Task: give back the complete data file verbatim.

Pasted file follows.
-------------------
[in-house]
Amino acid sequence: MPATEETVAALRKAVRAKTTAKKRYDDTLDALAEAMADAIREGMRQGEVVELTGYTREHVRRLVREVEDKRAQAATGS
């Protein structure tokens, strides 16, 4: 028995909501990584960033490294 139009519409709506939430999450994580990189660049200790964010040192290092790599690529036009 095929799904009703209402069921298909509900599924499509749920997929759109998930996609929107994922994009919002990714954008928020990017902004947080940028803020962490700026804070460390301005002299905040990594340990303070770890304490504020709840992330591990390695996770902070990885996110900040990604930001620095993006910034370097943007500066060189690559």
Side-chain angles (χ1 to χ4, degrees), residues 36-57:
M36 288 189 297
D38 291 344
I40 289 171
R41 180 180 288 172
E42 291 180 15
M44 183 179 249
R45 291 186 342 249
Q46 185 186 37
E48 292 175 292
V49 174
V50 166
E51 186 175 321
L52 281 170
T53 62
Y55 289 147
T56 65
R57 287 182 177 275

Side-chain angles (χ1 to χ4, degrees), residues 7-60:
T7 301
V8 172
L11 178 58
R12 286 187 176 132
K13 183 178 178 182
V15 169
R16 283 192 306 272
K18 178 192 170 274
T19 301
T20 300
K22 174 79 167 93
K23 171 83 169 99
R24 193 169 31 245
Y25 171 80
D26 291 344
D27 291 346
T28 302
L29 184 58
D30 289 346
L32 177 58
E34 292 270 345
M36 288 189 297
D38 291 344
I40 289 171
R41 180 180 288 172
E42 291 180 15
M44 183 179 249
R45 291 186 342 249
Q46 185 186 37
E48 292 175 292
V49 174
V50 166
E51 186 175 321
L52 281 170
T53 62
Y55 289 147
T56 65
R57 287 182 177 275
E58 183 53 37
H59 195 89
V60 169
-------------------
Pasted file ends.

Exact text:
[in-house]
Amino acid sequence: MPATEETVAALRKAVRAKTTAKKRYDDTLDALAEAMADAIREGMRQGEVVELTGYTREHVRRLVREVEDKRAQAATGS
């Protein structure tokens, strides 16, 4: 028995909501990584960033490294 139009519409709506939430999450994580990189660049200790964010040192290092790599690529036009 095929799904009703209402069921298909509900599924499509749920997929759109998930996609929107994922994009919002990714954008928020990017902004947080940028803020962490700026804070460390301005002299905040990594340990303070770890304490504020709840992330591990390695996770902070990885996110900040990604930001620095993006910034370097943007500066060189690559």
Side-chain angles (χ1 to χ4, degrees), residues 36-57:
M36 288 189 297
D38 291 344
I40 289 171
R41 180 180 288 172
E42 291 180 15
M44 183 179 249
R45 291 186 342 249
Q46 185 186 37
E48 292 175 292
V49 174
V50 166
E51 186 175 321
L52 281 170
T53 62
Y55 289 147
T56 65
R57 287 182 177 275

Side-chain angles (χ1 to χ4, degrees), residues 7-60:
T7 301
V8 172
L11 178 58
R12 286 187 176 132
K13 183 178 178 182
V15 169
R16 283 192 306 272
K18 178 192 170 274
T19 301
T20 300
K22 174 79 167 93
K23 171 83 169 99
R24 193 169 31 245
Y25 171 80
D26 291 344
D27 291 346
T28 302
L29 184 58
D30 289 346
L32 177 58
E34 292 270 345
M36 288 189 297
D38 291 344
I40 289 171
R41 180 180 288 172
E42 291 180 15
M44 183 179 249
R45 291 186 342 249
Q46 185 186 37
E48 292 175 292
V49 174
V50 166
E51 186 175 321
L52 281 170
T53 62
Y55 289 147
T56 65
R57 287 182 177 275
E58 183 53 37
H59 195 89
V60 169